3 Quick and Easy Uses for the ‘Hated’ Smith Machine

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If you’re interested, be sure to check out the full deets at the end of this article.]


The smith machine is one of the most hated pieces of equipment in the gym.

And while it’s despised among elite coaches and trainers, the smith machine is a phenomenal tool and can certainly be used to build muscle, burn fat, and improve strength.

Like most things, the effectiveness comes down to how it’s applied. 

Below, I’m going to show you 3 exercises using the smith machine that’ll help you strengthen and define your glutes, chest, and back, while burning calories and fat along the way.

Quick confession…

When I first got into ‘serious’ lifting, I thought the smith machine was the stupidest piece of equipment ever made.

Boy was I narrow-minded and wrong.

You see, when I first started out, all I thought about was squatting, benching, and deadlifting–and only using a regular barbell for these exercises.

The thought of using the ‘coat rack’ smith machine was unheard of. Fast forward to now and my thoughts on the despised smith have changed.

For the better, too, I believe. Here’s why I’m a fan of using the smith machine:

-There are hundreds of exercises you can perform with it. From the traditional exercises like squats, bench presses, and deadlifts, to things like assisted pullups, upright rows, lunge variations etc.

-It can be modified to suit the ability and experience level of the person using it. Let’s get one thing straight, the smith machine is not a wimpy piece of equipment. Sure, you could put the squat pad on the bar and do 1/4 rep squats, but if used properly the smith machine can deliver some serious results.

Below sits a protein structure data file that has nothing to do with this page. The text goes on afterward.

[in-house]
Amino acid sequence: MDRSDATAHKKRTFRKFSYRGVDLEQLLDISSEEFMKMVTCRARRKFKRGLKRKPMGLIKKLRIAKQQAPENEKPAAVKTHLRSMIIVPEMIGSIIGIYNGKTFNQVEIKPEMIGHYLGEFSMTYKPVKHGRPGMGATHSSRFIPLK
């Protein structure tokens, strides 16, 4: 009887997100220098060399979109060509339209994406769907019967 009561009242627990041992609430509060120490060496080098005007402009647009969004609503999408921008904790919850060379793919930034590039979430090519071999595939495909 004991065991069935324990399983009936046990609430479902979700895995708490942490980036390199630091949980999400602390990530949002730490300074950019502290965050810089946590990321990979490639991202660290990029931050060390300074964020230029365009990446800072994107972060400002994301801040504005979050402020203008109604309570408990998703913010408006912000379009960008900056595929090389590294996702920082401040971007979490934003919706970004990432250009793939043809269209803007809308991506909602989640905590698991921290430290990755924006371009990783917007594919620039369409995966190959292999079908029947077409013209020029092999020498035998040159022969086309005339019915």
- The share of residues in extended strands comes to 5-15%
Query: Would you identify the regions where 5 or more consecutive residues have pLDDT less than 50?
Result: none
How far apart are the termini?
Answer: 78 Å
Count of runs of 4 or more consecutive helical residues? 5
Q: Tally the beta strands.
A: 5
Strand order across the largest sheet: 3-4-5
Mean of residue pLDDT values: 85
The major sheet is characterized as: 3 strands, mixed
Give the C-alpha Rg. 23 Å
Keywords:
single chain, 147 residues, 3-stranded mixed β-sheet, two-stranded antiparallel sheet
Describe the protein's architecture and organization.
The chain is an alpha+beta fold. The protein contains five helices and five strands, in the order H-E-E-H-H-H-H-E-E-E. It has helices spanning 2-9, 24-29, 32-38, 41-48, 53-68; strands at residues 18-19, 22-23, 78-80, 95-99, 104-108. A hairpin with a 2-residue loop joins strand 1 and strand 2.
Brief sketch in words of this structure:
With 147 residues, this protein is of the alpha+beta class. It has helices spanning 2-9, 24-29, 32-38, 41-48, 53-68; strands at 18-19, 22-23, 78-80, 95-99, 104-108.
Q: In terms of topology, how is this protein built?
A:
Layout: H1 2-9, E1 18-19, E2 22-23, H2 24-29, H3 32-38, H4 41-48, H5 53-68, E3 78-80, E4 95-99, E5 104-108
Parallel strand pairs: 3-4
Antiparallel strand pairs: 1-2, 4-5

-You can find them everywhere–Some gyms won’t have a standard barbell so using the smith machine is a great option, especially while traveling

-It’s easy to load and adjust between exercises

-It’s great for targeting specific muscle groups–one of the biggest complaints about the smith machine is that because the bar is fixed the machine doesn’t challenge a person’s ability to stabilize and use their core effectively. This may be true, but that doesn’t mean it still isn’t great for hammering away smooth reps to work specific muscles.

-It’s safe if used properly–there are safety catches on most smith machines that will prevent the bar from going all the way down if you’re performing bench presses or squats for example.

The fact is, the smith machine is one of the better ‘tools’ we have in the gym. While I’m not telling you to completely get rid of traditional barbell exercises, the smith machine can be very useful for hypertrophy work during fat loss and muscle building phases.

Below are 3 useful and effective exercises you can do with the smith machine.

Pushup

Let’s face it, the pushup is a staple in many training programs, yet it’s one of the most difficult to execute properly.

“Squeeze this, squeeze that, tuck your chin, tuck your elbows at this angle.” 

For the beginner, all of these cues can become very overwhelming and tough to think about. One of the first things I like for my clients to do is perform pushups from an elevated surface such as the smith machine.

This is a great variation because it allows the client to get good quality reps to build strength while feeling confident about the work being done. If the reps are sloppy from the ground, they can easily be cleaned up by elevating the hands.

Then, as you get stronger you can lower the height of the bar to make the exercise more difficult.